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Pieter Brueghel the Younger



Pieter Brueghel the Younger was born in Brussels in 1564, the eldest son of Pieter Bruegel the Elder and Mayken Coecke van Aelst. Although his father died in 1569, the younger Pieter’s career would be deeply impacted by his famous father.

Brueghel’s mother died when he was a young teenager, and he and his siblings were raised by her sisters. He moved to Antwerp in 1583, where he became an apprentice to Gillis van Coninxloo. Two years later, at the age of 21, he registered as a master and an independent artist with the Guild of St. Luke. He married Elisabeth Godelet on November 5, 1588. The couple had seven children, and at least one of their sons, Pieter III, would go on to become an artist. Brueghel took his son on as an apprentice, as well as seven other students between 1588 and 1626. His artistic career was often dictated by the legacy of his famous father and the influence of his more innovative younger brother, Jan Brueghel the Elder. Pieter was never very financially successful, despite a prolific output. Nevertheless, he managed to have a significant impact on the Flemish art market with his replicas of his father’s works and personal compositions inspired by the traditional Brueghel style. He died on October 10, 1636 at 73, having cemented alongside his brother the Brueghel legacy his father left behind.

Brueghel’s artistic output drew heavily from common Brueghel motifs, both in the form of direct replications of his father’s compositions and also his own original and successful works. These are primarily genre and landscape scenes that highlight his accomplishments as a nature and background painter. Brueghel also collaborated with other painters. Due to his family’s significance in the Flemish art world, he had many connections and access to the other preeminent artists of his day. Among his collaborators are Gillis Mostaert, Franchois de Grooten, and Frans Snyders, who was one of his students.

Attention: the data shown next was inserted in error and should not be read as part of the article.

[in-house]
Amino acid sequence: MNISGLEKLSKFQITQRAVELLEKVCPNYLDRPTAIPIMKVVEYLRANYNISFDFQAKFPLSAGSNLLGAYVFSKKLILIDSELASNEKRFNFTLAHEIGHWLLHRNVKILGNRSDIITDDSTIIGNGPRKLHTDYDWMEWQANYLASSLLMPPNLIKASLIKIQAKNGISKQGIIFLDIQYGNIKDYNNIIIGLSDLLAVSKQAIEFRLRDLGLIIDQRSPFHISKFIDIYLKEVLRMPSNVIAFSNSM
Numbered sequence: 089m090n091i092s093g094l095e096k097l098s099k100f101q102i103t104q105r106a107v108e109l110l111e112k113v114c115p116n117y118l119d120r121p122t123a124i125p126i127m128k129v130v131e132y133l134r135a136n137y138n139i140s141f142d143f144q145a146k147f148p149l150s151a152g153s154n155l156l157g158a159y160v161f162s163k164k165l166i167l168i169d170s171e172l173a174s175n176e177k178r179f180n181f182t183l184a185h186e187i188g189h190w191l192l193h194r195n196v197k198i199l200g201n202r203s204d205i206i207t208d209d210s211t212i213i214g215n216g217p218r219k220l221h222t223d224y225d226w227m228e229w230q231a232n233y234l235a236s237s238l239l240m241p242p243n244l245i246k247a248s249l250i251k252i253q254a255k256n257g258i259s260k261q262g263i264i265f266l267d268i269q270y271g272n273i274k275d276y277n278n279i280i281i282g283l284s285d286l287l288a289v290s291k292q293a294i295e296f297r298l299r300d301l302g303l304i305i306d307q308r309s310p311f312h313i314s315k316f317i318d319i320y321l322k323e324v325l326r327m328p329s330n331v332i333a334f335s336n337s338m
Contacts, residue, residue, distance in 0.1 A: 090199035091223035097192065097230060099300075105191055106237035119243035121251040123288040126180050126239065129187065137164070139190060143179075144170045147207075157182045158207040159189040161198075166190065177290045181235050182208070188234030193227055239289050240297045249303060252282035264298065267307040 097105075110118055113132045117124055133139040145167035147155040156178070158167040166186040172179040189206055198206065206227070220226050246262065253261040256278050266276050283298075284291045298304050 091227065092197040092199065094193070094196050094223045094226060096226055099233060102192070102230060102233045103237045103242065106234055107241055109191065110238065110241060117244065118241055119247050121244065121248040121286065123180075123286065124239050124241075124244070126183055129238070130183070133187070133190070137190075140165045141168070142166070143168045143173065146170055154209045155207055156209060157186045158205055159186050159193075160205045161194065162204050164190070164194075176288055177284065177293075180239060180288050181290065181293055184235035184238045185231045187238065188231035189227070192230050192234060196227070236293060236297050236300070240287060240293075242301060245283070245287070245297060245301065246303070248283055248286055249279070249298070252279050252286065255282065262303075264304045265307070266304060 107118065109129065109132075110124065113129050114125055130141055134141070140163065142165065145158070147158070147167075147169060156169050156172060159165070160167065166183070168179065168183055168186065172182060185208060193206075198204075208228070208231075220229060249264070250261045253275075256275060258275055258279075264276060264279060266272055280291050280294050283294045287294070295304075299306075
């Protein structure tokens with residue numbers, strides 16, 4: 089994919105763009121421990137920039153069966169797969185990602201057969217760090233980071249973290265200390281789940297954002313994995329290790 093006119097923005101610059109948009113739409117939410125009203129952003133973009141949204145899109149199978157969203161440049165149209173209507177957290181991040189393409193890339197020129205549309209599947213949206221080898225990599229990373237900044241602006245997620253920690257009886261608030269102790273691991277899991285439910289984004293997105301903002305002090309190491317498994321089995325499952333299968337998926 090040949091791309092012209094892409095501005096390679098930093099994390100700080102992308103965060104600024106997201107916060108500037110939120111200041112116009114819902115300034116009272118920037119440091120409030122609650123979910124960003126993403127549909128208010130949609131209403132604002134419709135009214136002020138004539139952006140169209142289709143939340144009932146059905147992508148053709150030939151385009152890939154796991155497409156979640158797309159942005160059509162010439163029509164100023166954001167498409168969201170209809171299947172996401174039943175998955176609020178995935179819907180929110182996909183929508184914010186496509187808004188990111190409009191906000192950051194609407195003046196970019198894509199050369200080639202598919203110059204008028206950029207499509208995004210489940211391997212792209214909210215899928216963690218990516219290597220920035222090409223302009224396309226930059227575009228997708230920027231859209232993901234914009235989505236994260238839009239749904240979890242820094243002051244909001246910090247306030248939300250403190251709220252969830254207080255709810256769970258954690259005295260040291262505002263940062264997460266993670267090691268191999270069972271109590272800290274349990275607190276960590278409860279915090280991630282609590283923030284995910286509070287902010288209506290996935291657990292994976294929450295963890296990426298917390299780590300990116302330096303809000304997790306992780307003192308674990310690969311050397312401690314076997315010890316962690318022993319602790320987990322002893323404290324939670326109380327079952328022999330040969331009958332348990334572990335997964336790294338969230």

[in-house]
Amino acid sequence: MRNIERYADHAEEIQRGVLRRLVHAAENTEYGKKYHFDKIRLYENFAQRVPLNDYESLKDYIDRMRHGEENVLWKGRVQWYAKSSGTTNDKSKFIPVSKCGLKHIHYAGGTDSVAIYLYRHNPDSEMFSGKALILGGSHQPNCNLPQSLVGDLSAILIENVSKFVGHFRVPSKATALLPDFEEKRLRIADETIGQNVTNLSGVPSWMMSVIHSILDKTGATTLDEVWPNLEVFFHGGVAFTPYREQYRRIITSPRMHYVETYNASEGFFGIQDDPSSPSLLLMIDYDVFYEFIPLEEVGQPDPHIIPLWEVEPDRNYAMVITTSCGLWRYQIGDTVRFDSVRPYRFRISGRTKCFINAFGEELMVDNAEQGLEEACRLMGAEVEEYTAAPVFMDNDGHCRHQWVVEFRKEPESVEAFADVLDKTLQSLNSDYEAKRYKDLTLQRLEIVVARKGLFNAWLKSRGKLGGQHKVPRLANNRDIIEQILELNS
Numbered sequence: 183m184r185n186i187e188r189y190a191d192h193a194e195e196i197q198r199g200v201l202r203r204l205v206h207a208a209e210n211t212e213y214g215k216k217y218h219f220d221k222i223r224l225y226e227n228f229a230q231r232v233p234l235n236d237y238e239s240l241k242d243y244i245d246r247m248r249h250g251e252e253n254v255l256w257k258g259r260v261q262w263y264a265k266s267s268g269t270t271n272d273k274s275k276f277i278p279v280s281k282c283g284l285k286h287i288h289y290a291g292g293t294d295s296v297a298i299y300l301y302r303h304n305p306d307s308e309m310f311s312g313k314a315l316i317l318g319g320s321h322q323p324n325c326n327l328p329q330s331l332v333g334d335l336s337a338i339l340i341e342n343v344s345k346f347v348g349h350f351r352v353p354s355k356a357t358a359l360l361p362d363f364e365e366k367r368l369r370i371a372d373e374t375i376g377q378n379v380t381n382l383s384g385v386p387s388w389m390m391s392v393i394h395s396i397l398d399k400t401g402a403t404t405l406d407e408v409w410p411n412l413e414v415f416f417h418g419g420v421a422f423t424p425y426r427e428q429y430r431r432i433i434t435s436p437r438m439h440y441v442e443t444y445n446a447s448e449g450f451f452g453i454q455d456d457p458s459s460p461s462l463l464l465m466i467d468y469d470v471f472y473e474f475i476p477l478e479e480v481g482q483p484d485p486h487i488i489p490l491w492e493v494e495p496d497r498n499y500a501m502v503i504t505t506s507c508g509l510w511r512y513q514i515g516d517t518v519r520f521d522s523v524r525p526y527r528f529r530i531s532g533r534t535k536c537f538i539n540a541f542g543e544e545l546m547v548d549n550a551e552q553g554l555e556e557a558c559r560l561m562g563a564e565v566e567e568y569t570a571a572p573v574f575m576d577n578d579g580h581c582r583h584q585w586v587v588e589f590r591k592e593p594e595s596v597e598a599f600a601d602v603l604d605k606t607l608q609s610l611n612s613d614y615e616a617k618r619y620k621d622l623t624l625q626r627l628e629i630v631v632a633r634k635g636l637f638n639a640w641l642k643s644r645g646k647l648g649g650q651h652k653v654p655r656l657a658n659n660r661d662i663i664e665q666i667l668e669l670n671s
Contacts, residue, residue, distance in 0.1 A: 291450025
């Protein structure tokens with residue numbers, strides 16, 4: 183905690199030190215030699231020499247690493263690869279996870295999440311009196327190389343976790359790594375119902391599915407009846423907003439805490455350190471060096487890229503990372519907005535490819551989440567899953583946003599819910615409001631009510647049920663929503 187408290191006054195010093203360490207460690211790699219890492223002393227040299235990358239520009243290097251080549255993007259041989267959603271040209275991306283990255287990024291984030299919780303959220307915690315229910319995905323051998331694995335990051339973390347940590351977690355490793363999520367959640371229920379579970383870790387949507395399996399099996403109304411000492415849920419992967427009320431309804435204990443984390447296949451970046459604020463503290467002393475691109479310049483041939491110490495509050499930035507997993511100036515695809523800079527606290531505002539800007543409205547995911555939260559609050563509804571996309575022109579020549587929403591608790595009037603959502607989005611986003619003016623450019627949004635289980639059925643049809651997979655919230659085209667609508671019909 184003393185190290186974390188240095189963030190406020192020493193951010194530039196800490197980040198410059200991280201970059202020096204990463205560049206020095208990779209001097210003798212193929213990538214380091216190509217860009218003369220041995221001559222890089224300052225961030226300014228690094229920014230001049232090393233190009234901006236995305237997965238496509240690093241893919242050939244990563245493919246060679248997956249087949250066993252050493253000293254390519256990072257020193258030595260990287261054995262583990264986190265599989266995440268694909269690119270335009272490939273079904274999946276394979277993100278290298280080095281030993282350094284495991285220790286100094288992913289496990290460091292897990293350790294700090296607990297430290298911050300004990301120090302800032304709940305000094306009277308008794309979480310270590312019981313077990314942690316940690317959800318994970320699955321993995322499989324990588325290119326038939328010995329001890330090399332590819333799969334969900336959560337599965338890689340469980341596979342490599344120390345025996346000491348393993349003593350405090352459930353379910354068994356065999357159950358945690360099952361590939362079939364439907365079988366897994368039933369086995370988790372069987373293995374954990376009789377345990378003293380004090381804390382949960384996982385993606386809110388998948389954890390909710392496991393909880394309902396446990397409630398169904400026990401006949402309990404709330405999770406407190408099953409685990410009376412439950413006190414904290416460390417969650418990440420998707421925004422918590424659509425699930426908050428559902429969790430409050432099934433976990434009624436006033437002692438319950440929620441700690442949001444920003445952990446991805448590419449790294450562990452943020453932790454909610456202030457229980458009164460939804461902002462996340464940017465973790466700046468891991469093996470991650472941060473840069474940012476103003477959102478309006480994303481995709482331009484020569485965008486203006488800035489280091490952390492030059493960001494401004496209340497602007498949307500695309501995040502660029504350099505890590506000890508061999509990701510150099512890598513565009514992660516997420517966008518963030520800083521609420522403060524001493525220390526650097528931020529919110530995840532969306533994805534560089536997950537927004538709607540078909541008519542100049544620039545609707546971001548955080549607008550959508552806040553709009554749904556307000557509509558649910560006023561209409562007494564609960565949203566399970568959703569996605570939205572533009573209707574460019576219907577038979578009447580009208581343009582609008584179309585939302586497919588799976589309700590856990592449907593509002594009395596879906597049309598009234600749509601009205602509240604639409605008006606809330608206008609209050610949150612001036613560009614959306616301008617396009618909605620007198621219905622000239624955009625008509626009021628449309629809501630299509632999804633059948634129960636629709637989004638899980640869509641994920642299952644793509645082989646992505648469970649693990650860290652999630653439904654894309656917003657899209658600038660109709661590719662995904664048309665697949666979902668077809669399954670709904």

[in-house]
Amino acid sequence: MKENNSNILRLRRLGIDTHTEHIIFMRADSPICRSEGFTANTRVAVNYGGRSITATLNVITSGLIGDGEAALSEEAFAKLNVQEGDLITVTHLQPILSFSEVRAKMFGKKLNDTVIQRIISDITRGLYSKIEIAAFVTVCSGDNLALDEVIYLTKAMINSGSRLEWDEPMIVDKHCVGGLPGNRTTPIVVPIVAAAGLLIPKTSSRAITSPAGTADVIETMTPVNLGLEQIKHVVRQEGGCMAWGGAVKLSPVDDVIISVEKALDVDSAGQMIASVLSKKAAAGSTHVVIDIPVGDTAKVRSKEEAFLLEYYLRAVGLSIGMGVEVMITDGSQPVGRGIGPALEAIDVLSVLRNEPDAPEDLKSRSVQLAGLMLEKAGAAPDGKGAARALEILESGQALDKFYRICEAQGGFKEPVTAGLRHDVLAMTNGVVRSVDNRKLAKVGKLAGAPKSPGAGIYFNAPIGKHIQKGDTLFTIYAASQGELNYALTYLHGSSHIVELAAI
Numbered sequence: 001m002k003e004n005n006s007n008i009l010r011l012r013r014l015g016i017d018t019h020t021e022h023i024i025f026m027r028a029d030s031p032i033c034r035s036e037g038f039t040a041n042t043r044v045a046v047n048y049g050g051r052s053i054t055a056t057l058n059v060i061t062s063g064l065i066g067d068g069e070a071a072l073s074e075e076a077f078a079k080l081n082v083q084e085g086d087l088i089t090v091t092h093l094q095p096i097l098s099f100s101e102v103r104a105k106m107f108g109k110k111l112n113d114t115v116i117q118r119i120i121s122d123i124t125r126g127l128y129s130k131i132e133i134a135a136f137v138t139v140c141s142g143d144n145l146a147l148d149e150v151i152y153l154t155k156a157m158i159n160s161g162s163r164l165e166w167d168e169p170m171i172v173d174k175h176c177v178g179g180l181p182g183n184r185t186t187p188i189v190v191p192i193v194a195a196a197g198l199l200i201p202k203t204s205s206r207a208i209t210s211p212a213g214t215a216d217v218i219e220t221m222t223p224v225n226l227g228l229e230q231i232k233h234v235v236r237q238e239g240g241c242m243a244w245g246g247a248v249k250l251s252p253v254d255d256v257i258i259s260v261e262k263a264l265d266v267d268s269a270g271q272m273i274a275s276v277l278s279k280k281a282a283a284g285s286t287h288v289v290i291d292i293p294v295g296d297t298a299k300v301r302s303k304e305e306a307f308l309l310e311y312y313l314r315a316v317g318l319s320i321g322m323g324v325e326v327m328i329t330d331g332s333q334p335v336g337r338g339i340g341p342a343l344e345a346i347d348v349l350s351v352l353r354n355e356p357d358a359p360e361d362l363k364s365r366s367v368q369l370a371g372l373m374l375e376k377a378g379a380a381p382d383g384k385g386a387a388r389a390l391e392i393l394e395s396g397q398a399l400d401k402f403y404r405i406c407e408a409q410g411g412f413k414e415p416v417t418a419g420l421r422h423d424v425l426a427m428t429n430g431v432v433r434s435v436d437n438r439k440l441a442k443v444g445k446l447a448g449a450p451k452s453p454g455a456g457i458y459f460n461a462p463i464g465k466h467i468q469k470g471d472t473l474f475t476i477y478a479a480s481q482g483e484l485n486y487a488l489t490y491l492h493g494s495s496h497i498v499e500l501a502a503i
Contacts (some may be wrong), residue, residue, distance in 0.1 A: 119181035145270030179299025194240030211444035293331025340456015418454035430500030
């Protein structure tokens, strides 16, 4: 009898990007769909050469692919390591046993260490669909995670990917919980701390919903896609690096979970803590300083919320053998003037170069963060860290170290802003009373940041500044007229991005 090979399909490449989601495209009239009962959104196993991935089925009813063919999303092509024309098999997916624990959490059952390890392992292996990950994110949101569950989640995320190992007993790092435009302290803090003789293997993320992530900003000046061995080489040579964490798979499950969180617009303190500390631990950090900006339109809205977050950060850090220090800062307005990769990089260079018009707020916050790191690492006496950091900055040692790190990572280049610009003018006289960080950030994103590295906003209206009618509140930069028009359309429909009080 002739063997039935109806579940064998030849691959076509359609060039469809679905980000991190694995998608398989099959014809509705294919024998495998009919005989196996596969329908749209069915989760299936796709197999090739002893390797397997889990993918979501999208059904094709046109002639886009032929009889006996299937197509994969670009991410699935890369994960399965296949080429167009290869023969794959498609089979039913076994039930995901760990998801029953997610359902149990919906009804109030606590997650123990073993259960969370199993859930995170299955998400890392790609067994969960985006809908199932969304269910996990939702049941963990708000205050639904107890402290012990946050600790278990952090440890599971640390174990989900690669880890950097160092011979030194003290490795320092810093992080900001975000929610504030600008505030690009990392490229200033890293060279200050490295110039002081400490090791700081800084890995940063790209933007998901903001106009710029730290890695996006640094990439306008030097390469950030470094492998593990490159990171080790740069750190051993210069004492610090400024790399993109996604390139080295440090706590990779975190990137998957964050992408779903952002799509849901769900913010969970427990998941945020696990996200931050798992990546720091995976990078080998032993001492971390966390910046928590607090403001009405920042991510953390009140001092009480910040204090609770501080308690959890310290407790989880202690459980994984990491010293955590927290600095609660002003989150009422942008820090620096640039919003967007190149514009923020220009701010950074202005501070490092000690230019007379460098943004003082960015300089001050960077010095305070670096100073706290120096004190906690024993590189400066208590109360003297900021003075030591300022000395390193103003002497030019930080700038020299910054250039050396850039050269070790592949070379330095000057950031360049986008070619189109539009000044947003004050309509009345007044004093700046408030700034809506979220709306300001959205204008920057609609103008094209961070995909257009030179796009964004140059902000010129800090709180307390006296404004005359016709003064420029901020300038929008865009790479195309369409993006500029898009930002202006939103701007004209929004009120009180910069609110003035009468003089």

Brueghel is most famous for his replicas and reworkings of his father’s paintings. At the time of his death, Pieter the Elder had revolutionized the Flemish art world. Though his father died when he was only a young child, Pieter would have likely been exposed to his works and methods through past students and patrons. The younger Brueghel also worked in a much different economic context than his father, one in which Flemish art dealers prioritized familiar and previously successful styles. As he matured in this environment, Brueghel adopted his father’s technique as his own, and many of the works he produced were direct copies of his father’s most famous paintings. Among these are Winter Landscape with Skaters and a Bird-trap, St John the Baptist Preaching, and Netherlandish Proverbs. Brueghel and his studio made dozens of these works in the highly sought-after Brueghel style and sold them through dealers. Often, Brueghel tweaked his father’s compositions so that they better fit certain art markets. This practice ranged from omitting weather patterns to completely rearranging the composition of figures. His replicas were highly diverse in their subject matter, ranging between religious, secular, and moralizing themes. Though Brueghel never distinguished himself as an individual artist, his enterprise allowed him to capitalize on his family’s legacy and to magnify the renown of the Brueghel name.

By Ximena Valdarrago